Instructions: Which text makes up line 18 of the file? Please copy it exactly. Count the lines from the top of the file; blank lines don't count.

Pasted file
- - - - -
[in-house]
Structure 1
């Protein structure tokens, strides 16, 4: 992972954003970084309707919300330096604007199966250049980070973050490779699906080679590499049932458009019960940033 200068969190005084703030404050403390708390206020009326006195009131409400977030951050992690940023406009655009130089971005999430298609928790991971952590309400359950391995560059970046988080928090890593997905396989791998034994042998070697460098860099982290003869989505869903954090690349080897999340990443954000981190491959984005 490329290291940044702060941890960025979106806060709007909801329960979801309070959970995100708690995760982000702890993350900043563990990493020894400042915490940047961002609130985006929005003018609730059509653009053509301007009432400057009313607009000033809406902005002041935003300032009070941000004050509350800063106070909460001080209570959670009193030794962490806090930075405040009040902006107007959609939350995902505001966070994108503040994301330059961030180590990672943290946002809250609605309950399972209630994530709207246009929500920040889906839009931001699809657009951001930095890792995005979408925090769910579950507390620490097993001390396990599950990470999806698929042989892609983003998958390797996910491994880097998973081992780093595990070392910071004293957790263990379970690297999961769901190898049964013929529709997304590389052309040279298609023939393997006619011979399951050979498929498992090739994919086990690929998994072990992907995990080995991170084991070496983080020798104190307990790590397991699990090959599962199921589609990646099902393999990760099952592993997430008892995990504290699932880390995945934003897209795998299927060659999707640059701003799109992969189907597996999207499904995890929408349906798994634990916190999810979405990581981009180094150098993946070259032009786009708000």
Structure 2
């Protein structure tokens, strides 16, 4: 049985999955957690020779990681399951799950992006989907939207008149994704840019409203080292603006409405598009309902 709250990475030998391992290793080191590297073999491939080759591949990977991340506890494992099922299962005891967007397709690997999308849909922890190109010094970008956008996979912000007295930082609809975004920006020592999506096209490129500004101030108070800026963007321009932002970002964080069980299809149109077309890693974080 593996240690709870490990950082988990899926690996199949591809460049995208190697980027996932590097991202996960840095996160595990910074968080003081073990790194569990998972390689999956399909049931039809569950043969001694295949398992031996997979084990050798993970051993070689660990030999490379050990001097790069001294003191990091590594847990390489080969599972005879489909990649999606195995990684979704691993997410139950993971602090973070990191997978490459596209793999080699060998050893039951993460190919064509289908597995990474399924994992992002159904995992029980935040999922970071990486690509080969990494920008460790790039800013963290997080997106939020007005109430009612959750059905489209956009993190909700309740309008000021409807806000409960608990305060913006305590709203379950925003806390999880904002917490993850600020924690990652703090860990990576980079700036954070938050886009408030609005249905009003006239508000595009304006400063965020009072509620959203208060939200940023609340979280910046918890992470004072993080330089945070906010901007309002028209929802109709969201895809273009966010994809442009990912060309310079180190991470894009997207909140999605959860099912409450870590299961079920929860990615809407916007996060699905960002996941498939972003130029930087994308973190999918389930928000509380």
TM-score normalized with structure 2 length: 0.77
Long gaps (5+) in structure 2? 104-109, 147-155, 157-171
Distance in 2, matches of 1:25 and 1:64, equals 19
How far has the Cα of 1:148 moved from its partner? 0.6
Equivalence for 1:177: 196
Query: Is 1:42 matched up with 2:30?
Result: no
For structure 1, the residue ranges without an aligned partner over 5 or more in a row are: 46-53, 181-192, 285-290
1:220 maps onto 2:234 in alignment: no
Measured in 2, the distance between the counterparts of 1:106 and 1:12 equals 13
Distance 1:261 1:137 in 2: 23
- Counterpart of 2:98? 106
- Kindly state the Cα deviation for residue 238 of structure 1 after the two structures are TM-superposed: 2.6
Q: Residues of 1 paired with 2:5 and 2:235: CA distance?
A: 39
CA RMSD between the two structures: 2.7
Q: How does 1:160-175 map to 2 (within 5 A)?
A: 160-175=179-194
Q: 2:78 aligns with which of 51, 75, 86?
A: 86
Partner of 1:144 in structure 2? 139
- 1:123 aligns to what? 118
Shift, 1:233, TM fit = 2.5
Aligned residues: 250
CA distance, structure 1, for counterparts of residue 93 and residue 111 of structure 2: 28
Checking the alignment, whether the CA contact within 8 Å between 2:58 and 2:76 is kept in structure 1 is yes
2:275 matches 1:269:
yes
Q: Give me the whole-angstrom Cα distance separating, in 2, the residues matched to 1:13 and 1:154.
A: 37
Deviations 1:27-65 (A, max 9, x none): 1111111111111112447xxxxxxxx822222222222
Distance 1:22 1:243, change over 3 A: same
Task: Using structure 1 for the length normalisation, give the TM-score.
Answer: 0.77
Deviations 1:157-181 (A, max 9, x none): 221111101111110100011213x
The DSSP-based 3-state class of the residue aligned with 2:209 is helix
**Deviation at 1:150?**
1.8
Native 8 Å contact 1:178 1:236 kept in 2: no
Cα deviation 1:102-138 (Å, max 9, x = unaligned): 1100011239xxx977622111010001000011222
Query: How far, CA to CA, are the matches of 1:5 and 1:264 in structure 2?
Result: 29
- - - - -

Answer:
- Kindly state the Cα deviation for residue 238 of structure 1 after the two structures are TM-superposed: 2.6